brink: Here is the story from Business Day( They seem to have reposted it on 15 August, but it is still very slow loading, so I've pasted it in: Posted to the web on: 15 August 2005 Where now for singularly successful Russian gold miner? Stephen Clayson - LONDON - Peter Hambro Mining has made the transition over the last few years or so from a hopeful small timer to a bona fide first rung gold producer in one of the world's more challenging operating environments. Moreover, so far this year the company has markedly outperformed its London listed peer group in terms of fund raising and share price growth. A key question for PHM now should be how to best capitalise on and perpetuate its financial and operational success. The company's high level of achievement has been based upon a number of factors, but chief among them have probably been a substantial Russian involvement in the company in terms of management and ownership and its eponymous founder's affinity with the financial community. The fact that the company is fortunate enough to have as an investor the International Finance Corporation, id est the World Bank, with all the political kudos that this provides bears witness to the latter. PHM's uncommon progress has enabled it to buck the 2005 trend amongst its immediate peer group of Russia focused junior-to-middling gold mining outfits for relatively flaccid share prices, the latter occurring largely as a result of earlier overexcitement followed by underperformance relative to expectations. In contrast, PHM is riding high in the market at a share price of just over 650p, not too far short of its lifetime best value of almost 690p. This might make it tempting for the company to take advantage of its strong market valuation and acquire another less generously valued competitor in order to secure a hike in scale and to apply to another, less successful group's Russian gold assets the operational formula that seems to have brought it such prodigious attainment with its own. An acquisition of or full blown merger with a fellow AIM listed Russia focused gold miner would seem to be the simplest and most sensible accretive transaction for PHM to undertake, Russia being where the company has established its corporate and operational infrastructure, co-utilisation of which now and in the future would be important to facilitate synergies, and where it has gathered the entirety of its valuable operational expertise. Of this cohort there are a number of candidates for the implementation of such a strategy. Trans Siberian Gold and Highland Gold have both been taking a hammering share price wise thanks to less than impressive business performance, and each could make an interesting target for a boldly acquisitive PHM. Highland's share price in particular is depressed, having receded to all time lows of late thanks to operational woes, the most recent instalment of which has seen a significant reserve downgrade of the company's prime Teseevskoye deposit. TSG too is in rocky shape, hovering just above its own weakest ever share price. Shareholders in both Highland and TSG might find it difficult to resist an offer from PHM, the latter perhaps wielding a combination of its own highly valued equity and some cash from its relatively flush treasury. Highland and TSG would both be reasonably good fits for PHM, being entirely focused on Russia without the complications posed by having assets in FSU satellites, and looking direly in need of the reinvigoration that new ownership might bring. Though both are loosely partnered with major gold mining players, Highland with Barrick Gold and TSG with Anglo Gold Ashanti, either large firm might welcome the chance to team up with PHM, with its rosy operational record, in order to secure profitable, indirect exposure to Russia without the risks of direct involvement, or else might simply welcome a chance to sell out of their thus far ill fated stakes in Highland and TSG. Even if a merger or acquisition does not occur though, PHM has substantial expansion plans of its own that could drive its share price further upward in the future. The company is targeting a 2005 production figure of 271,000oz from its operations, up from 209,000oz last year, with 1moz being its goal by 2009. The former is intended to be derived through increased output from PHM's two currently producing assets, the Pokrovskiy mine and the Omchak Joint Venture, and the latter through the addition of extra production from other latent assets. Foremost amongst these is the company's Pioneer deposit, which now boasts a JORC compliant gold resource of 2.2moz across the measured, indicated and inferred categories within a 10.2moz total when Soviet P1 and P2 type mineralisation is included. Possibly significantly, PHM's geological conception of this deposit has now improved to incorporate a larger amount of higher grade material within the central portion of the ore body, which remains open ended. In order to fund in substantial part its ambitions, PHM recently took advantage of its high market standing by completing a 2010 maturity convertible bond issue amounting to $140m. While this will likely lead to significant dilution of existing equity over time, if the company uses the proceeds wisely then the potential value added should more than offset this. Notably too, given the rising cost structures that are afflicting some mining operations as a result of global inflationary pressures on factors, is that PHM has so far been able to constrain costs at its primary mining operation, Pokrovskiy, to a level similar to those incurred last year, of around $130/oz. Though this does not guarantee that the company will be able to maintain this performance, it certainly augurs well. In summation, the salient point for investors is that PHM has consistently been able to outperform its peers in terms of developmental progress and consequent profitability, and may have established a sustainable mode of work that will allow it to continue to do so. If the company also chooses to seize the opportunity for inorganic growth presented by its current high level of prestige in the market, then this could improve its valuation even more so.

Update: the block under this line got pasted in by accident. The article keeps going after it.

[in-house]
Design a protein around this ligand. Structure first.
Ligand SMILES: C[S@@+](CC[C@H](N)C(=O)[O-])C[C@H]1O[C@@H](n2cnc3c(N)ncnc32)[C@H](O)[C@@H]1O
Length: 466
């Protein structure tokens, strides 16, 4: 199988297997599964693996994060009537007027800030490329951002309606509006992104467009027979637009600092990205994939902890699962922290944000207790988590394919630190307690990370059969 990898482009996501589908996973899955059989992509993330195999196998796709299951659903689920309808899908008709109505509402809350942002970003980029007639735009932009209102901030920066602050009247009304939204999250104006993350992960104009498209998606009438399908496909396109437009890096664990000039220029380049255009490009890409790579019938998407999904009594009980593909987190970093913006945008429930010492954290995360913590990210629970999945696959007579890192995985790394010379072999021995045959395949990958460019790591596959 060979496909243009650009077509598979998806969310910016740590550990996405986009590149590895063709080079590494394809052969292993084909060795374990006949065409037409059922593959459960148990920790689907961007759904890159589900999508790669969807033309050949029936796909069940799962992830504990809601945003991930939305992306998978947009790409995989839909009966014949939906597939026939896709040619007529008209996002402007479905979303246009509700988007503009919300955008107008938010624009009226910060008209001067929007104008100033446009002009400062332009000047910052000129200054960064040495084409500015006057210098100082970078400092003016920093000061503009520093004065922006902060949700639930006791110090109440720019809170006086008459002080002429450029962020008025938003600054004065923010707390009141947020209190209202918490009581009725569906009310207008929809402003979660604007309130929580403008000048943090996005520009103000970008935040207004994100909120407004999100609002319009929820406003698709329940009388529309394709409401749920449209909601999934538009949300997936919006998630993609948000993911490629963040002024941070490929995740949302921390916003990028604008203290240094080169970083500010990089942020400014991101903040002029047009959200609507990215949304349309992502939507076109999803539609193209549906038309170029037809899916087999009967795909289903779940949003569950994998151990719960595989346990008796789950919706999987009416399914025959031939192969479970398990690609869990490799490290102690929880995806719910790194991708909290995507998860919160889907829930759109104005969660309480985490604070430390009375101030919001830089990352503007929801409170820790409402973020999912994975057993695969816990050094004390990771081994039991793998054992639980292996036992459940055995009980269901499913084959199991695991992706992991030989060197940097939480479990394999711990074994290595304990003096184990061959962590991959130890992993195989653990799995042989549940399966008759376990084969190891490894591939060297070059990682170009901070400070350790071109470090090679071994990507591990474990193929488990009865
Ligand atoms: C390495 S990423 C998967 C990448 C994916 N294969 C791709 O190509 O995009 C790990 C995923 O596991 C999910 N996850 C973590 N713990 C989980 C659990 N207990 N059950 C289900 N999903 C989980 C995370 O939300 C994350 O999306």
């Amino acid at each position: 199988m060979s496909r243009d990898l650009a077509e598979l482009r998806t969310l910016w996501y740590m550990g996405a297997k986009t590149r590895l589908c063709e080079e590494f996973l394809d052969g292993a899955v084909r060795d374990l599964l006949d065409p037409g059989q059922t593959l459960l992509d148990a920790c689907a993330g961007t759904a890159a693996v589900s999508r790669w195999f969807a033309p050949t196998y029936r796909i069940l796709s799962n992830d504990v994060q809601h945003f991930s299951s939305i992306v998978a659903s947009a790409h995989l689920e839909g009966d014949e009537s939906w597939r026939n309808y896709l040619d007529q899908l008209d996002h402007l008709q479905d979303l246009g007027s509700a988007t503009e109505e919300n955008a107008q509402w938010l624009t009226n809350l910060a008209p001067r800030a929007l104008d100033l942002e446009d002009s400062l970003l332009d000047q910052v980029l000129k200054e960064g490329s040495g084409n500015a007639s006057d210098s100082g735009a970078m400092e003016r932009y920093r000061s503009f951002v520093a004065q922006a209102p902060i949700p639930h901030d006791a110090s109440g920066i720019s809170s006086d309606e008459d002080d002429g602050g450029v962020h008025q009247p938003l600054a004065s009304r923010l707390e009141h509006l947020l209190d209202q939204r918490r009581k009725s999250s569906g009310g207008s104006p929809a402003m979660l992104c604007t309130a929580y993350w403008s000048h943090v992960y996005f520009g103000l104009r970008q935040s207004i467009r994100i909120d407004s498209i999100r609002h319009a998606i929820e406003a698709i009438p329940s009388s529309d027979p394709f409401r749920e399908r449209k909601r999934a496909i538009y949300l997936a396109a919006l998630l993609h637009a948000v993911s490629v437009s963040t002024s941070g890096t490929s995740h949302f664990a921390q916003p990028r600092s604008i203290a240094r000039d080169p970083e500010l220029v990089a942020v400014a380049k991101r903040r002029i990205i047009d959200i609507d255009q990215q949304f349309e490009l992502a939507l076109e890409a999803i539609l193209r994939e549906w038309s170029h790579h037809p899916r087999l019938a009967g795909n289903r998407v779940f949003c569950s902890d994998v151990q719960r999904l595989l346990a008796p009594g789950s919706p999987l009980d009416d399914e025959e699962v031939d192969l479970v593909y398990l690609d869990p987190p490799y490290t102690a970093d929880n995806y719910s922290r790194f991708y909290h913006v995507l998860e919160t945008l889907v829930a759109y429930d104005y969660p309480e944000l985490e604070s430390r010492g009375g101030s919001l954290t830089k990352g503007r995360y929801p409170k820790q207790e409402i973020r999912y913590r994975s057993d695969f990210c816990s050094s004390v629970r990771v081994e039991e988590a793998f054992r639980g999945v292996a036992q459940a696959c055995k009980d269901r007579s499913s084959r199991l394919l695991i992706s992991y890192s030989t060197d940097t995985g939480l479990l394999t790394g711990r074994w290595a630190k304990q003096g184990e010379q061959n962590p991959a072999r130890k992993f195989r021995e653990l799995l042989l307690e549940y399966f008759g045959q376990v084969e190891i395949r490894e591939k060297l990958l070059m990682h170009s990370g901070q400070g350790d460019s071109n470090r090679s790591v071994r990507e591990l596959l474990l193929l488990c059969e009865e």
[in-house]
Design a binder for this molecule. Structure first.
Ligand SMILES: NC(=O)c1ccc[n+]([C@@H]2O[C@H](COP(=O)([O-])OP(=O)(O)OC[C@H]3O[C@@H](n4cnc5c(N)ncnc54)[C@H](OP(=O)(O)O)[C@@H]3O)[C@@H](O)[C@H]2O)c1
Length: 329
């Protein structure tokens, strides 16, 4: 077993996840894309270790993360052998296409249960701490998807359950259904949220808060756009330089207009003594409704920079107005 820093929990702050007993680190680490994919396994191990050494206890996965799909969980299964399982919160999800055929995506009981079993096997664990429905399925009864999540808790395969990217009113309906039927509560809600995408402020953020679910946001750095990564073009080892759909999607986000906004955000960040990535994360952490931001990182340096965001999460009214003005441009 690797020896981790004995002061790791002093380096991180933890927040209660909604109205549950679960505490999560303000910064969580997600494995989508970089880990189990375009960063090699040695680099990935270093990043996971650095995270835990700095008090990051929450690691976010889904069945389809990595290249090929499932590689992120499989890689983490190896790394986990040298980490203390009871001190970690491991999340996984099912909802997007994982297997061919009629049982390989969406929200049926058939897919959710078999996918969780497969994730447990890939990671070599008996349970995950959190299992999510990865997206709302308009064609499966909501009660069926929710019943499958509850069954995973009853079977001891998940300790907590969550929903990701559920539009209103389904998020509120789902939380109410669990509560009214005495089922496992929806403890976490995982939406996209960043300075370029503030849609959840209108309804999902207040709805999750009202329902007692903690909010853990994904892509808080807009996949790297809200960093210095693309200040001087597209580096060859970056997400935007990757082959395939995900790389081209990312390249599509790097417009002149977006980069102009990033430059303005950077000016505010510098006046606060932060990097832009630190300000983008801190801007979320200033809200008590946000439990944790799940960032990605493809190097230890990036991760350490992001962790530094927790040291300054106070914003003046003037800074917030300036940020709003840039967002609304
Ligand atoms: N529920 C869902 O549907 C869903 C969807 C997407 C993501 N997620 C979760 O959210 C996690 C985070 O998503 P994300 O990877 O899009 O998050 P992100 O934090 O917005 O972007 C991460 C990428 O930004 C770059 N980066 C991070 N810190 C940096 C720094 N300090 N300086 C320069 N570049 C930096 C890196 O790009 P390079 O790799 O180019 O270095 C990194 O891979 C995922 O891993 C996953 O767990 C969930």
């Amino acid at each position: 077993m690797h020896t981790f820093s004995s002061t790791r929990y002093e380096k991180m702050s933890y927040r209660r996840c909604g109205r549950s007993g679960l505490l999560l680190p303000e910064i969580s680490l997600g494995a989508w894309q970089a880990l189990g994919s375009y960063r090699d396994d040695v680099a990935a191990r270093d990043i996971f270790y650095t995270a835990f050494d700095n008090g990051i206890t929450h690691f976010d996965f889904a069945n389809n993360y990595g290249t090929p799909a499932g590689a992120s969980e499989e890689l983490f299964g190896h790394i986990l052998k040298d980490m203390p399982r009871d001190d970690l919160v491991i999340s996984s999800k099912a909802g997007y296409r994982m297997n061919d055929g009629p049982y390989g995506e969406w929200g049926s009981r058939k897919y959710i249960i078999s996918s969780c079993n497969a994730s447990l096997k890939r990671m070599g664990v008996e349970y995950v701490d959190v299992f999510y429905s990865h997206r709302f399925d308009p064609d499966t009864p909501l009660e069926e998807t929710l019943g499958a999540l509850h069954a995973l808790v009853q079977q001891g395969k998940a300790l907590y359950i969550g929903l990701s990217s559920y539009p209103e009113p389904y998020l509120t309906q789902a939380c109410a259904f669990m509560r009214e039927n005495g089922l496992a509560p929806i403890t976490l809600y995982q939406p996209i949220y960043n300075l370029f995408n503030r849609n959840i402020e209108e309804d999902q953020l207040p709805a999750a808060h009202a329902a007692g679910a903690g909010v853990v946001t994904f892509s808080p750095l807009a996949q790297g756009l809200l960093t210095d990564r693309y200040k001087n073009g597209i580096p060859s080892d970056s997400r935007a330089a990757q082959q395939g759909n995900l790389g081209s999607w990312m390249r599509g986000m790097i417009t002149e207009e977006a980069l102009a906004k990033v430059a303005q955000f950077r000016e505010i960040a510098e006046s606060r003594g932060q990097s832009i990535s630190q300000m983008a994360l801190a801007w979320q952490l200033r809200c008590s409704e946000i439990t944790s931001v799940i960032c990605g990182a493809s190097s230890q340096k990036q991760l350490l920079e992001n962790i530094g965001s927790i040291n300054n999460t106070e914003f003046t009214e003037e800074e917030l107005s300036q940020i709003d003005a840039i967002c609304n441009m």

saucepan: Some promised further thoughts: What precipitated the mini-collapse in the share price was a project update (23rd December) that confirmed the DELAY (only) of the due diligence process which will provide project finance for Asacha. Many of the financial assumptions behind the original bankable feasibility study of February 2004 were no longer accurate. In particular, according to the 23/12 update: "Recent increases in the cost of fuel, steel and labour in Russia, and higher international freight costs, combined with the strengthening of the rouble, especially against the US dollar, are expected to lead to a material rise in the capital cost of the project above the estimate of the bankable feasibility study completed in February 2004". These are unfortunate developments, of course, and they are what the market reacted badly to. But it is worth stressing that they are completely beyond the control of management – so no blame should be attached in that quarter. I can also accept Jocelyn Waller's explanation (see post 337 above) that the timing of the announcement was entirely precipitated by the expiry of the 31 December deadline, and that it was not a cynical attempt to bury bad news in the Christmas period. But, the bottom line question, of course, is "does all of this now mean that Asacha is no longer viable"? In my view, the answer is clearly "no", from what else has been said. Firstly, as the 23/12 statement itself went on to confirm: "These increases are to some extent mitigated by the higher gold price." But what else do we have that is positive to go on? Well, quite a lot, in fact. And, what I think is so important, because of the Christmas period, and the fact that so many in the City were "watching the cricket or on the beach", the PRIVATE investor (thanks to OldAsiaHand sharing some key intelligence!) has a first mover advantage over the City. Here are some of the highlights for me: TSG has "negotiated the extension in a manner that is quite favourable for TSG, particularly as the second subscription is not now tied to the completion of financing for the Asacha project". AGA have publicly stated that "we remain committed to our investment in TSG". While TSG is not "absolutely certain" of the final cost, it has "a pretty good idea", and is confident "the cost can be contained to a manageable and acceptable number" – an assessment not revealed in the 23/12 statement. So there was perhaps more doubt in the market than there needed to be. Asacha has made "a lot of progress" (see post 337 above for elaborated detail). "Work is continuing so as not to delay the project schedule". (Ibid). The detailed review is "in hand"; final numbers will be known by 31 January. This means that a long period of doubt is not likely to be hanging over the TSG share price. In fact, quite the contrary. It seems most improbable that things will not be resolved satisfactorily. An announcement of the good news can be expected to give a major boost to the share price. We can be confident that this news will be confirmed soon: TSG is likely to have something concrete to say on Asacha in "early February". What is also of vital importance (and what the City may not have yet woken up to) is the following: "Our attitude to Asacha is also conditioned by the belief that the resource will in the end be considerably bigger. THIS IS A VIEW SHARED BY AGA" (My emphasis). TSG would surely not be making such statements, at this stage, unless it was absolutely convinced it will soon be able to provide the numerical confirmation. Indeed, Waller's statement goes on to say: "We are finally drilling at Asacha (notwithstanding the Kamchatka winter) and although no assays are yet to hand the visual results so far give grounds for belief that we are right to be optimistic about this. More reserves and a better gold price do wonders for the project's economics." I think they will also soon do wonders for the share price! I have not added anything new by the above selective quotations, but the exercise has certainly helped me personally to clarify my own assessment of the situation, and helped me to decide that a great buying opportunity has been presented – especially before the City fully wakes up after the New Year and does its own further reappraisal. Of course, I may be wrong. Others should make up their own mind and not be influenced by me. However, if this post, as a result of highlighting key pieces of information, is of any assistance in helping anyone to come to their own objective assessment of the situation I shall be very pleased. It would also be good if it provoked someone to present a more bearish interpretation: Let's all make further investment decisions taking into consideration as many different perspectives as possible.
Trans Siberian Gold share price data is direct from the London Stock Exchange